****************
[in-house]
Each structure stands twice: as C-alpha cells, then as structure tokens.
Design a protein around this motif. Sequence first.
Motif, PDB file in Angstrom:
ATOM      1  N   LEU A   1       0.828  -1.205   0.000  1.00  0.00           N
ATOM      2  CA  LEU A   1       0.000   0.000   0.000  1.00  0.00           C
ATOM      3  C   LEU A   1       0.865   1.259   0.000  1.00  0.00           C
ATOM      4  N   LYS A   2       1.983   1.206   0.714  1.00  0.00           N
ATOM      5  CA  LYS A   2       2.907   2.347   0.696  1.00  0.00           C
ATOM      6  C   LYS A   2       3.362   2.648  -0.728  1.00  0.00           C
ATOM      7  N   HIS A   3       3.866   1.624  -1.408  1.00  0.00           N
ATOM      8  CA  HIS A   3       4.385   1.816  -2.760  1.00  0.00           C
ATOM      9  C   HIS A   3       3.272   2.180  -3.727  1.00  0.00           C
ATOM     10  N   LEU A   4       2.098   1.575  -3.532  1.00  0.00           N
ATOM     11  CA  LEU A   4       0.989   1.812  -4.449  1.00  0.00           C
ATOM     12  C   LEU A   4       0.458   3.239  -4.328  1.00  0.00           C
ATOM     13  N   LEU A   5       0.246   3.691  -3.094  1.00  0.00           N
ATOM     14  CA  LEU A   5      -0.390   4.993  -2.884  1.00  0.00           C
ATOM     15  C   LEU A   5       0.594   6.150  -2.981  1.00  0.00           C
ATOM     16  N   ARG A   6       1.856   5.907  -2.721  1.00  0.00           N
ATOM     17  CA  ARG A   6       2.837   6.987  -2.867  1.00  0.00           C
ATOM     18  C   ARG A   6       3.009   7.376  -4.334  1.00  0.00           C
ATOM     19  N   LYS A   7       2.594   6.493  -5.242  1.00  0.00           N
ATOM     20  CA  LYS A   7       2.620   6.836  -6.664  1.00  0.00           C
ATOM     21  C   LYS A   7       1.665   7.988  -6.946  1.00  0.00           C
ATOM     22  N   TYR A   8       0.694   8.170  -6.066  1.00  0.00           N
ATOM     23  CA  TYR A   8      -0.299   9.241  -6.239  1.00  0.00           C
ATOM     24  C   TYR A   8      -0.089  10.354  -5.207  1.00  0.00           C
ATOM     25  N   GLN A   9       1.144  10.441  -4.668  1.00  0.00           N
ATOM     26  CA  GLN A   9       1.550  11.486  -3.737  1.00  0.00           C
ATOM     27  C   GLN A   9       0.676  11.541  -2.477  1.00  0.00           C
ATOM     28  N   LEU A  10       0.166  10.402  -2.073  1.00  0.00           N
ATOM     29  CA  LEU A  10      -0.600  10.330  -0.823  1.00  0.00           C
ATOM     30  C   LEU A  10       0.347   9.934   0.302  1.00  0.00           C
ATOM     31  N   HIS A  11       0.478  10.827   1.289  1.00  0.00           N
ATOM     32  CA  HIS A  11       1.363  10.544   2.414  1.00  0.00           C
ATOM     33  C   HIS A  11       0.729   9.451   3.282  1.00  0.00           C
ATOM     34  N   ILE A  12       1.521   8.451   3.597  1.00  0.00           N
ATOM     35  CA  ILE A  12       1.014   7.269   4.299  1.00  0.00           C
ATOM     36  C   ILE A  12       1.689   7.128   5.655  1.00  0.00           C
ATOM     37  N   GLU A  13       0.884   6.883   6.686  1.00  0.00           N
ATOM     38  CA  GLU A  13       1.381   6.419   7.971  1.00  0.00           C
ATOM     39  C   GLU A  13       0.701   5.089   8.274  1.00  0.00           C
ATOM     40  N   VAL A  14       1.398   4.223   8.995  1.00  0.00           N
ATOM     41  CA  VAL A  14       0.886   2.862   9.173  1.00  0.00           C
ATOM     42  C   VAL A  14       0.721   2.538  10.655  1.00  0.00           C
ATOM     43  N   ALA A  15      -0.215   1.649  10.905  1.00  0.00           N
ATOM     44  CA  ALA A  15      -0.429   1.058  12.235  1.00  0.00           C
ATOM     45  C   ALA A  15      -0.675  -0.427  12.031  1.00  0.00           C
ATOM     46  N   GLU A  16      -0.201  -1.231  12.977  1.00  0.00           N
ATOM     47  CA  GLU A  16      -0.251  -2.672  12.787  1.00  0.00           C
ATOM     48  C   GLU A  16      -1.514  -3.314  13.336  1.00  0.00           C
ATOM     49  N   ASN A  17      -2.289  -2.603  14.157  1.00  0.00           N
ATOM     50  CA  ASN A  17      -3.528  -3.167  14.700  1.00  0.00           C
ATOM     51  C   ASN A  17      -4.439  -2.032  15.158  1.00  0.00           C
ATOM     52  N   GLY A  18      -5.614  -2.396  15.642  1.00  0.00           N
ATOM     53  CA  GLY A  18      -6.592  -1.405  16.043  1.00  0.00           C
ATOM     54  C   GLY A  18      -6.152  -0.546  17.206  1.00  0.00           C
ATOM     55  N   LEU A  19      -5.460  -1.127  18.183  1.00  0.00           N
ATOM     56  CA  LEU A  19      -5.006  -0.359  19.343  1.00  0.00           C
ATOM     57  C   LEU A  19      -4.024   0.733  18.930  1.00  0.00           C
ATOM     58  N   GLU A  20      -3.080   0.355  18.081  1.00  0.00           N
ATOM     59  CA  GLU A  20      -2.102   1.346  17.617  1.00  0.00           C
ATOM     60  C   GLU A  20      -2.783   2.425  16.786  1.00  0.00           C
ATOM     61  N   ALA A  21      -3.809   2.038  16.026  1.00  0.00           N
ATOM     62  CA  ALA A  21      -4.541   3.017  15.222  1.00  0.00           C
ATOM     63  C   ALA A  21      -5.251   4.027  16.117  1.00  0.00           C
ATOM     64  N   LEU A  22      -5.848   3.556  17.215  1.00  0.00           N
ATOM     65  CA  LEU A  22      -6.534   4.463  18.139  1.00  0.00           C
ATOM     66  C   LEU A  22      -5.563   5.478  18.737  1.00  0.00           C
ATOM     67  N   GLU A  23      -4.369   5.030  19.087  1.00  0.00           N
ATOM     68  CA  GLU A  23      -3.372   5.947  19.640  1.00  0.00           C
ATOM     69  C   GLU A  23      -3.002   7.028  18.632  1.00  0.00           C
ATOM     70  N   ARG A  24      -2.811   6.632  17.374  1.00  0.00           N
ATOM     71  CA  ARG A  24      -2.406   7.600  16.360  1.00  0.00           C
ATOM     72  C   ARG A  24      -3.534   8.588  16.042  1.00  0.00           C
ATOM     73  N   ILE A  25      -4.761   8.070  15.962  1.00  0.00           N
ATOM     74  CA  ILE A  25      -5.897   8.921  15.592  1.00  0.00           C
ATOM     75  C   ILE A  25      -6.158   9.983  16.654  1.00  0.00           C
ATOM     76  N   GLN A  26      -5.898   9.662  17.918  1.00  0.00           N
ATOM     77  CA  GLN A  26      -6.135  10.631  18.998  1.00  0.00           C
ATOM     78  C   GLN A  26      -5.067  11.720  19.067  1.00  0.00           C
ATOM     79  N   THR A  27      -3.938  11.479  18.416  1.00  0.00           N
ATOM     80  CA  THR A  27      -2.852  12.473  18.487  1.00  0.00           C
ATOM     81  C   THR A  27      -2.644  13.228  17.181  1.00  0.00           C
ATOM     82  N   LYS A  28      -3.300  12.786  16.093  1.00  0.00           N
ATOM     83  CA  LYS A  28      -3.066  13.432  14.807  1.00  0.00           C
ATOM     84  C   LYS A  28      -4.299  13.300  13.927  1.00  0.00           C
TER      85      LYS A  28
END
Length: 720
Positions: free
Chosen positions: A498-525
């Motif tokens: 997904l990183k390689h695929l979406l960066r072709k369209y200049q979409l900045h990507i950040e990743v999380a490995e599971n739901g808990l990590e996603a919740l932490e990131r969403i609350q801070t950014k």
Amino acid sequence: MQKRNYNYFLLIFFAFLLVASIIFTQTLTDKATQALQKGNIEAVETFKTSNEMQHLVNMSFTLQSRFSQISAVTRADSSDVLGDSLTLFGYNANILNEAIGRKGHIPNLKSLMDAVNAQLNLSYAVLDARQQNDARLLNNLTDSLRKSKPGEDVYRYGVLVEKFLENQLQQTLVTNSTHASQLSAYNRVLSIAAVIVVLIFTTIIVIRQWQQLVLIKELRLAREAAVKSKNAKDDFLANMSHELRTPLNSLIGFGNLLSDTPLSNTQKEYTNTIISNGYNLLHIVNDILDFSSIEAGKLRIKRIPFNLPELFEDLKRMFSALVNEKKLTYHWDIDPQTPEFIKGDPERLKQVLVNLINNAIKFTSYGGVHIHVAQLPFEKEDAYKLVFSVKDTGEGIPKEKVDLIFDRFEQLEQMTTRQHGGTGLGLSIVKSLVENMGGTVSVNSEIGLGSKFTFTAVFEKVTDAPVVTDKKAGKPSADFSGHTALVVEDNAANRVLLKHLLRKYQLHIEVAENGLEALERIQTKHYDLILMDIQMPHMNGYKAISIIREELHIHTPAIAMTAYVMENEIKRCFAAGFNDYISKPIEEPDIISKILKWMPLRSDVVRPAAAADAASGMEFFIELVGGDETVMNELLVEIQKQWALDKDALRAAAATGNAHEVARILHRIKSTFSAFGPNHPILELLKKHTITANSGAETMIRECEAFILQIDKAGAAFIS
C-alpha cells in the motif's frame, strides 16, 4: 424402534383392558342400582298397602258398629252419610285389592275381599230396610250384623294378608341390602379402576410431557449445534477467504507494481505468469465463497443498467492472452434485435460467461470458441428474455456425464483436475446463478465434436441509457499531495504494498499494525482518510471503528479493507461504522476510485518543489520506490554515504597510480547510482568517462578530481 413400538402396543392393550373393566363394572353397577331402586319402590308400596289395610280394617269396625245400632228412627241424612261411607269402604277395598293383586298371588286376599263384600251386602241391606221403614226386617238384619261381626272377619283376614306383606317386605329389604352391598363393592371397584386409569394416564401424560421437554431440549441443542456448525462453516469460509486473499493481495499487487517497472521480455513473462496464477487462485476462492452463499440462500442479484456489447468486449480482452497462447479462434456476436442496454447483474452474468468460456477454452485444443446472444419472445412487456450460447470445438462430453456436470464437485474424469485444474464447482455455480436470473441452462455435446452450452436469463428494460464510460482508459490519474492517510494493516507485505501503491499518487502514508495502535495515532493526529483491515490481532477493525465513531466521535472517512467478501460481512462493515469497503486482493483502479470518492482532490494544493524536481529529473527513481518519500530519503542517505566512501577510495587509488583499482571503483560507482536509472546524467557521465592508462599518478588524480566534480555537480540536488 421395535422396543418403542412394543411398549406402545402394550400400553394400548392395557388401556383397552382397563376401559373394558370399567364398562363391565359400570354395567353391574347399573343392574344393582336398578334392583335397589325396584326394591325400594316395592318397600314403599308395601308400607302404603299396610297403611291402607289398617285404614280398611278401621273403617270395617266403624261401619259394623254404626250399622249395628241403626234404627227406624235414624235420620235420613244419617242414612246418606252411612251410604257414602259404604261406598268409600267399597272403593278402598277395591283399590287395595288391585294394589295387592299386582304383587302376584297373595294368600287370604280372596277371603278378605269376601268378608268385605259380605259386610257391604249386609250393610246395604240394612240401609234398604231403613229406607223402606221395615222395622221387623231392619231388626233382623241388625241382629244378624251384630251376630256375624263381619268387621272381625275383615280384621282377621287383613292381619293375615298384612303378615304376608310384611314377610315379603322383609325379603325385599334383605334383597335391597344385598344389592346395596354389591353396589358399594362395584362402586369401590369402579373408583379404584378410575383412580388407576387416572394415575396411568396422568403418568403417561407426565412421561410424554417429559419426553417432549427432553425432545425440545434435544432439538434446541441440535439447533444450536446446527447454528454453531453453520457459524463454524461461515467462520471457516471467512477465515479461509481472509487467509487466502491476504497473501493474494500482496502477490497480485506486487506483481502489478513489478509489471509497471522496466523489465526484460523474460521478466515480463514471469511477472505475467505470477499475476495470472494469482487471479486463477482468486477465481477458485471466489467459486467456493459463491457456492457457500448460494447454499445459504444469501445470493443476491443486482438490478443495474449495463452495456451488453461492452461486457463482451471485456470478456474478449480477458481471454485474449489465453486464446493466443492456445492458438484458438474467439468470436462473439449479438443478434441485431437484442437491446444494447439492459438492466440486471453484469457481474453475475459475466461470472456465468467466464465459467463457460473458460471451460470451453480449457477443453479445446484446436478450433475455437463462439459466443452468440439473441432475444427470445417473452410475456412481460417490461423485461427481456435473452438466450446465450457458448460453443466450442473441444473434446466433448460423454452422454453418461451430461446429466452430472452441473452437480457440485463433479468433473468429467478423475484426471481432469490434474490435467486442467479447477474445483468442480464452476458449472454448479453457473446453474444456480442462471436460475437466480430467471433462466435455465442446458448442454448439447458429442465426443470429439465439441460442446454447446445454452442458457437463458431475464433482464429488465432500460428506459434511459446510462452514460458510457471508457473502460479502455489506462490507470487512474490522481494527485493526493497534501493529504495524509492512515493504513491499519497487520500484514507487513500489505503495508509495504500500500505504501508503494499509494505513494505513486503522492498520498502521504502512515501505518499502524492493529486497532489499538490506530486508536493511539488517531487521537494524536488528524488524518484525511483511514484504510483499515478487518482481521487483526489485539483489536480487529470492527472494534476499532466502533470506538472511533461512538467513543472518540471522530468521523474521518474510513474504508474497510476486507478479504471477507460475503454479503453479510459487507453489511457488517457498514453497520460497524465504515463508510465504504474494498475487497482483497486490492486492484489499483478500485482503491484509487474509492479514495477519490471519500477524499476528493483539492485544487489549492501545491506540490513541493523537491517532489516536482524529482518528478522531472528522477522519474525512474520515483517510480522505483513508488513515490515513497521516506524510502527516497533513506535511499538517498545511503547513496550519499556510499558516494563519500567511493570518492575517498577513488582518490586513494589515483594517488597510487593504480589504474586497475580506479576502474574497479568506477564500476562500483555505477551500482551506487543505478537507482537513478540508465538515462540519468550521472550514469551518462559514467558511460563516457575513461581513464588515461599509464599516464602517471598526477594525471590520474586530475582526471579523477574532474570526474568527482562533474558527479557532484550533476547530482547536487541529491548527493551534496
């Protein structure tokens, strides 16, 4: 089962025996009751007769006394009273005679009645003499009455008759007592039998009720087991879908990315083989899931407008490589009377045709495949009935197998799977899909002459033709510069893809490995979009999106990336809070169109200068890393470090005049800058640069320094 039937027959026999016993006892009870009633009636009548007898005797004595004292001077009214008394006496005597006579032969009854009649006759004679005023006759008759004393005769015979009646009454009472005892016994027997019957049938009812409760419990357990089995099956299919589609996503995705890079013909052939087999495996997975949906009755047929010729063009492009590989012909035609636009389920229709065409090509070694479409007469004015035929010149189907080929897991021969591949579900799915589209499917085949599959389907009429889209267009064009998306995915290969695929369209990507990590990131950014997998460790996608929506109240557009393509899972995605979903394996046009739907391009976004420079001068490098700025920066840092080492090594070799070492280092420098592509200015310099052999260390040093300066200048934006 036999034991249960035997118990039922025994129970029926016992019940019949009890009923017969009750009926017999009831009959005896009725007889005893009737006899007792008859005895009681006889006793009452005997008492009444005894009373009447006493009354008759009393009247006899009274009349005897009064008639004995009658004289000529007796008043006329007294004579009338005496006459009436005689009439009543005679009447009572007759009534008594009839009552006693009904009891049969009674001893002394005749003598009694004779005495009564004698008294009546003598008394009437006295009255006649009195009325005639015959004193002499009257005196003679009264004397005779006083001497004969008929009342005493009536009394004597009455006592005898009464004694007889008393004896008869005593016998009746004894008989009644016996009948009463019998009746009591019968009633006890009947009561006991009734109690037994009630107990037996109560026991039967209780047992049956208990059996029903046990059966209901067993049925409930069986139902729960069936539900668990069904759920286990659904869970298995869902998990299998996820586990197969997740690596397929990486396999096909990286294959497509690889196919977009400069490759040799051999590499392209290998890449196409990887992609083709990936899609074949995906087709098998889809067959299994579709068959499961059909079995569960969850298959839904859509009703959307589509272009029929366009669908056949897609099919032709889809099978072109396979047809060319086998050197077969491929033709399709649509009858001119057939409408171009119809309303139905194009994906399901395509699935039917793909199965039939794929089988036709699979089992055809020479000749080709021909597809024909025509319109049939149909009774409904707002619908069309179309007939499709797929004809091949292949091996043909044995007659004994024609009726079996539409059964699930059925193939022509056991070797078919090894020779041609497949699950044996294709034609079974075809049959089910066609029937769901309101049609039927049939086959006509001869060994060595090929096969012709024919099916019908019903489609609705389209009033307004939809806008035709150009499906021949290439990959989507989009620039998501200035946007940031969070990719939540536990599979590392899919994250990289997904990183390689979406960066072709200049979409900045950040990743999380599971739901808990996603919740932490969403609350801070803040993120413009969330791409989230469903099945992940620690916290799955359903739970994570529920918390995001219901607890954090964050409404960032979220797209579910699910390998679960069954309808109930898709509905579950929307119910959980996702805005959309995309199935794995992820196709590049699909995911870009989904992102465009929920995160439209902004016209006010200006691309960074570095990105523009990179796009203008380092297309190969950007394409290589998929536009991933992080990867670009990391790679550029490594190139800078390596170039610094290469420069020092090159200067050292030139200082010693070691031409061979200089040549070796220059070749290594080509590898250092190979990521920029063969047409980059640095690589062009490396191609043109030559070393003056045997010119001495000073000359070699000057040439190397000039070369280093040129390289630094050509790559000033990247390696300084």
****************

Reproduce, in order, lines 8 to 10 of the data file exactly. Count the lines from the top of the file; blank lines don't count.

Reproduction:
ATOM      4  N   LYS A   2       1.983   1.206   0.714  1.00  0.00           N
ATOM      5  CA  LYS A   2       2.907   2.347   0.696  1.00  0.00           C
ATOM      6  C   LYS A   2       3.362   2.648  -0.728  1.00  0.00           C